Endangered Saiga Antelope, 100,000+ Mysteriously Die

 Endangered Saiga Antelope

Why so Many Mysterious Deaths?

The endangered saiga antelope (Saiga tatarica) originally inhabited a fairly wide range, but today they can only be found in one location in Russia (steppes of the northwest Precaspian region) and three areas in Kazakhstan (the Ural, Ustiurt and Betpak-dala populations).

A proportion of the Ustiurt population migrates south to Uzbekistan and occasionally Turkmenistan in winter. The saiga antelope is extinct in China and southwestern Mongolia. It was hunted extensively in Romania and Moldavia until it was extinct in these regions in the end of the 18th century.

Endangered Saiga Antelope
Saiga Antelope

Endangered Saiga Antelope Mysteriously Die

And now, it has been discovered that THIS MONTH ALONE, over 120,000 already-endangered saiga antelope have died in Kazakhstan. That’s half the world’s population of 240,000 that was estimated just last year.

Agriculture Ministry officials said,

An estimated 300,000 saiga roamed across the Kazakh steppes on May 11, when the first dead antelope was discovered. By May 27, nearly 121,000 carcasses had been found in three huge areas of their usual habitat.

The question remains: why did they die? Kazakh scientists are testing soil, air and water to try to solve the mystery of the mass deaths, and experts from Britain, Germany and the World Organization for Animal Health have gone to help.

It’s possible that “natural” disease is the cause and there are a few theories on that. Another possibility, though, is that it might be from rocket fuel poisoning. Russian rockets are regularly launched from Kazakhstan’s Baikonur Cosmodrome, emitting a toxic fuel called heptyl, which The Moscow Times describes as:

“… a highly corrosive combination of hydrazine and nitrogen tetroxide, topped off with kerosene.”

The results of the investigation should prove interesting.  Meanwhile we shall wait and see whether these unfortunate deaths are caused from “natural” disease, or if man, once again, has caused yet another catastrophe on this poor earth we call home.

A Few Facts About the Endangered Saiga Antelope

The saiga stands about 2 – 2.7 feet (0.6–0.8 m) at the shoulder and weighs between 79 and 139 pounds (36 and 63 kg).  The horned males are larger than the hornless females. Their lifespans range from 6 to 10 years. The saiga is recognizable by an extremely unusual, over-sized, flexible nose structure, the proboscis. During summer migrations the saigas’ nose helps filter out dust kicked up by the herd and heats up the animals blood. In the winter it heats up the frigid air before it is taken to the lungs.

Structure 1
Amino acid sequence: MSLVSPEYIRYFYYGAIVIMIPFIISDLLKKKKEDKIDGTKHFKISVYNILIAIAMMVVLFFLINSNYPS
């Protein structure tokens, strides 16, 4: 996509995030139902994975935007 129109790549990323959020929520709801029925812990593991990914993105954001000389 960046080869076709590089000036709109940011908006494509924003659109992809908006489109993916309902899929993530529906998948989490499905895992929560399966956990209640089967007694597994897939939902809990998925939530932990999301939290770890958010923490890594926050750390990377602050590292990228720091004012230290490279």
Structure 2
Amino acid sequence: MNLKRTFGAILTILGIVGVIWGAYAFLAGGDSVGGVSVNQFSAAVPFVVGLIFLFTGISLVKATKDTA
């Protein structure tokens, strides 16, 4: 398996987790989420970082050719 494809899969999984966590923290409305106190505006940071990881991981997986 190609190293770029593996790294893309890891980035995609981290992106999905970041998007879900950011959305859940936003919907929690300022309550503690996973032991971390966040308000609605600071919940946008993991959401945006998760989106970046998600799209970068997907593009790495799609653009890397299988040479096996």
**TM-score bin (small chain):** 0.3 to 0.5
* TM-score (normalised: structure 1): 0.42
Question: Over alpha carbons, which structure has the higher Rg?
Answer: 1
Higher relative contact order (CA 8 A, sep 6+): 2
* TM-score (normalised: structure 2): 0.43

Sources:  Newsweek  /  Reuters  /  Treehugger

Images:  [1]  [2]


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Jeannie Melanson, Animal Bliss Blog

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7 thoughts on “Endangered Saiga Antelope, 100,000+ Mysteriously Die”

  1. I had not heard of this, and I am quite saddened. A mass kill-off like this, to me, speaks of some kind of poisoning. I would like to learn more about honey bees, and the mass die offs they are experiencing. Here in upstate New York, bees (including honey bees and bumble bees) used to swarm thickly around honey locusts and rhododendron blooms. This year? Almost NONE on our rhodedendrons at the house. It frightens me.

    • I will do some research on the honey bees and get a post up in the near future. I’m curious myself to find out what’s going on with them. Thank you for visiting my blog today. Take care! 🙂

  2. Francene, that great number of deaths was just in one MONTH. Even more shocking, huh? I hope they find out what’s going on in time to save the other half of the world’s population. It would be a shame to see yet another species go extinct.

    I do have one post about the koala. It’s called, “Why do Koalas Hug Trees?” I don’t know anything about the TB issue, so I’ll look into that. Thanks!

  3. Sad to hear so many have died all at once. hopefully scientist can find out why and put a stop to it. I hate to see any animal go extinct for unknown reasons.

    • I had seen pictures of these animals before, so I’ve always had it in mind to do some research and write about them. It’s sad that it’s come down to writing about their deaths. Thanks for stopping by, Salma. I do appreciate you. 🙂


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